Speaking up for Silence
This Sept 11 marked the 17th anniversary of the 9/11 World Trade Center attack. In 2001, four planes were hijacked and two of the planes were flown into the Twin Towers in New York. A third plane was flown straight into The Pentagon in Virginia, and the last plane was headed toward The White House or The Capitol, but was unsuccessful. The hijackers from that plane were overtaken by a couple of passengers and crashed in a field near Shanksville, Pennsylvania, killing all on board.
It took approximately 51 minutes to change our nation as a whole, with 2,996 deaths and 6,000 sustained injuries, a vast majority being from The World Trade Center.
At school this year on the morning of 9/11, there was not a single announcement or even a mention of this tragic event to remind us and to pay our respect in school. It was not until I got to my period four history class and I had to mention three things that symbolized 9/11 to me that I thought, “Why on earth would we be talking about such a sensitive topic today?”
At that moment I had a voice in my head nudging me to check the date. I was in total shock when I realized it was Sept 11. I was truly bothered and disappointed.
As many of you know, September 11th is a day in which everyone shares a moment of grief and respect for the victims. I have taken a moment of silence in school every single year for 10 years. As a 16-year-old who grew up hearing about this tragedy continuously, I knew this was a respectful ritual in The United States Of America.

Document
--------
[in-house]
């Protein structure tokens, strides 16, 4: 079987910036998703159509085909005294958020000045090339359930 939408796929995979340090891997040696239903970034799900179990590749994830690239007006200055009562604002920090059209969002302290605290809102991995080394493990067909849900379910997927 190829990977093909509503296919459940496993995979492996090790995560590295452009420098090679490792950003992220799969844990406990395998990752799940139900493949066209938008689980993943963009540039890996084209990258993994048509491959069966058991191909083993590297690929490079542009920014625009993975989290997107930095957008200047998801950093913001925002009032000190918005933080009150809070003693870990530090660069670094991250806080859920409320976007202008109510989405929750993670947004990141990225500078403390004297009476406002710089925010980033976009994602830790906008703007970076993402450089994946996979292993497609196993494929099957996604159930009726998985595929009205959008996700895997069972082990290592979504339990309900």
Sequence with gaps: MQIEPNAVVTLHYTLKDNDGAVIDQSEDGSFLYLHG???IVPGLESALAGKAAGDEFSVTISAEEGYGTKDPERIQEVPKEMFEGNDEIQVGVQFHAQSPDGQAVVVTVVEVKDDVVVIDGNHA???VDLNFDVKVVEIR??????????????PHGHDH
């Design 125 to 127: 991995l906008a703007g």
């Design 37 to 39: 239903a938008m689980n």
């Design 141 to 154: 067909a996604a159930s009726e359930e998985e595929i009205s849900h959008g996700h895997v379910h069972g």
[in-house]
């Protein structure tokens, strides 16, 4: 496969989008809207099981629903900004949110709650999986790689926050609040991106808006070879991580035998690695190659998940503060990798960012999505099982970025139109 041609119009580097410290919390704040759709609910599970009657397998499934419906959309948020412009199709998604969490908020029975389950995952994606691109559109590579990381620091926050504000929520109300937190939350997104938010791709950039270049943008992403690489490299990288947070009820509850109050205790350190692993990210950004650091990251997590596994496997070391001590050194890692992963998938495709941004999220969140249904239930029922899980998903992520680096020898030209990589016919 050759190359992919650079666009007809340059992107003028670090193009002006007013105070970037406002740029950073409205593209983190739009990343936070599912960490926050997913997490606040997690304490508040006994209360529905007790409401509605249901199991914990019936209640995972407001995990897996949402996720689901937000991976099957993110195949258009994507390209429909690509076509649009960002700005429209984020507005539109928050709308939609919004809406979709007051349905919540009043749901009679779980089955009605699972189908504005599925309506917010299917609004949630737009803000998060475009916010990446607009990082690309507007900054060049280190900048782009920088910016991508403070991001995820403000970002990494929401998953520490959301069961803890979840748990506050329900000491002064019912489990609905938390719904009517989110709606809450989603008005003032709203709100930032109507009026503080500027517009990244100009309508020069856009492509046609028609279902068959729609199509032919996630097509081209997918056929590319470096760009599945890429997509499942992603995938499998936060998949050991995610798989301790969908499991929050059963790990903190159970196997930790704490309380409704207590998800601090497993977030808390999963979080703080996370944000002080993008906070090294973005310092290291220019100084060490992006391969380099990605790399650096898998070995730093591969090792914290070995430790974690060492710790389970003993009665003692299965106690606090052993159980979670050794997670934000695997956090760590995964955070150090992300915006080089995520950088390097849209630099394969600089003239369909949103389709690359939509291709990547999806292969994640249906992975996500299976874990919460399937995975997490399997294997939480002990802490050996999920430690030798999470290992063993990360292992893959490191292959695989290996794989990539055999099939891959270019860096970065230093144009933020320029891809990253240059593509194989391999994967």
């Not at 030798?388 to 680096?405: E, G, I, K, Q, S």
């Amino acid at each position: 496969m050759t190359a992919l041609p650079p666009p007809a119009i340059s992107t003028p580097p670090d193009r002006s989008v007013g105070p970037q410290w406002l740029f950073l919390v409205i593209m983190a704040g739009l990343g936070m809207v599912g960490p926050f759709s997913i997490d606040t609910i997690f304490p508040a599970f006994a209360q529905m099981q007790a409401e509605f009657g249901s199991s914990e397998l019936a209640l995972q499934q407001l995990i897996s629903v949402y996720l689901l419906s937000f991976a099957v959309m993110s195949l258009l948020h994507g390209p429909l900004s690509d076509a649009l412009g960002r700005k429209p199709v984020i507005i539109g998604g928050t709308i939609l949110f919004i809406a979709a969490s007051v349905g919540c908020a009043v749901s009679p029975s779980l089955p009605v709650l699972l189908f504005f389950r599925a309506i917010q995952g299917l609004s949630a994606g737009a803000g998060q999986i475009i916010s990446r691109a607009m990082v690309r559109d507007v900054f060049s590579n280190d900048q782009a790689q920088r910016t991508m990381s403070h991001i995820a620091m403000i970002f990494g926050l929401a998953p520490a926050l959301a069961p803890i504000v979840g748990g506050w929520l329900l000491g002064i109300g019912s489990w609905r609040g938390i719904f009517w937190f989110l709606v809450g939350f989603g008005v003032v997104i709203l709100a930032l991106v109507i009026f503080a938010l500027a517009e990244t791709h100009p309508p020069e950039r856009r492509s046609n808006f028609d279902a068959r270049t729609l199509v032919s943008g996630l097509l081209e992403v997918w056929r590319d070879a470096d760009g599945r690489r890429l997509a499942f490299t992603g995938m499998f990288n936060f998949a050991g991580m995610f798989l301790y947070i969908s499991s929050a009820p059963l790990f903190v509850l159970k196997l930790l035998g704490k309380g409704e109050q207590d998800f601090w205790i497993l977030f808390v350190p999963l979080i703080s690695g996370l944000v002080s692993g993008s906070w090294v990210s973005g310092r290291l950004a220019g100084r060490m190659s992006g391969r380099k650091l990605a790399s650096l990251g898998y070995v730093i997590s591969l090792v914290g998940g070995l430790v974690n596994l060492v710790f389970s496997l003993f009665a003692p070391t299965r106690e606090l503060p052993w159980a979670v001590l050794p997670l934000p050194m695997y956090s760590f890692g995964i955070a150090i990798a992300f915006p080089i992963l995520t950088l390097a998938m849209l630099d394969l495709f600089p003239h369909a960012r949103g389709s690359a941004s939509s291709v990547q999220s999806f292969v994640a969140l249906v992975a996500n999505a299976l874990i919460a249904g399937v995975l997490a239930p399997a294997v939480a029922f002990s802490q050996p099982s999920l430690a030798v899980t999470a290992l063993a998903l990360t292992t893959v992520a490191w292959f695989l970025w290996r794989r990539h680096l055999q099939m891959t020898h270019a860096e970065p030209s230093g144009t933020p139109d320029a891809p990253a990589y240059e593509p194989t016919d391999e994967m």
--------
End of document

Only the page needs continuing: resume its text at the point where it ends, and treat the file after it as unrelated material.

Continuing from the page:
Through the past years it has come to my attention that more and more people are beginning to forget this ritual. Throughout the years less people talk about it and the history of this event gets thinner. It should not because this tragic event impacted our country as a whole and we must not succumb to society’s lack of public grieving.
Now this is not going to be a history lesson in which I blame the majority of our country for forgetting this tragedy and dodging articles, comments and even social media posts based on it. I initially was not going to write an article about this topic because honestly I felt as if there were too many opinions out there and mine wouldn’t make a drastic difference to the society. But as I laid in bed on the night of 9/11 and thought of anything and everything during my restless hours, I could not help but think of this tragedy, the victims and the torn families. I questioned why 9/11 was not talked about much in school. Most of my classes avoided this major event as if it were not important.
I strongly believe that most people avoid mentioning a tragedy in hopes of not grieving. But an attack that changed our nation as a whole should not be forgotten. The continuous void in the hearts of those who lost a loved one in this tragedy should not get pushed aside or forgotten.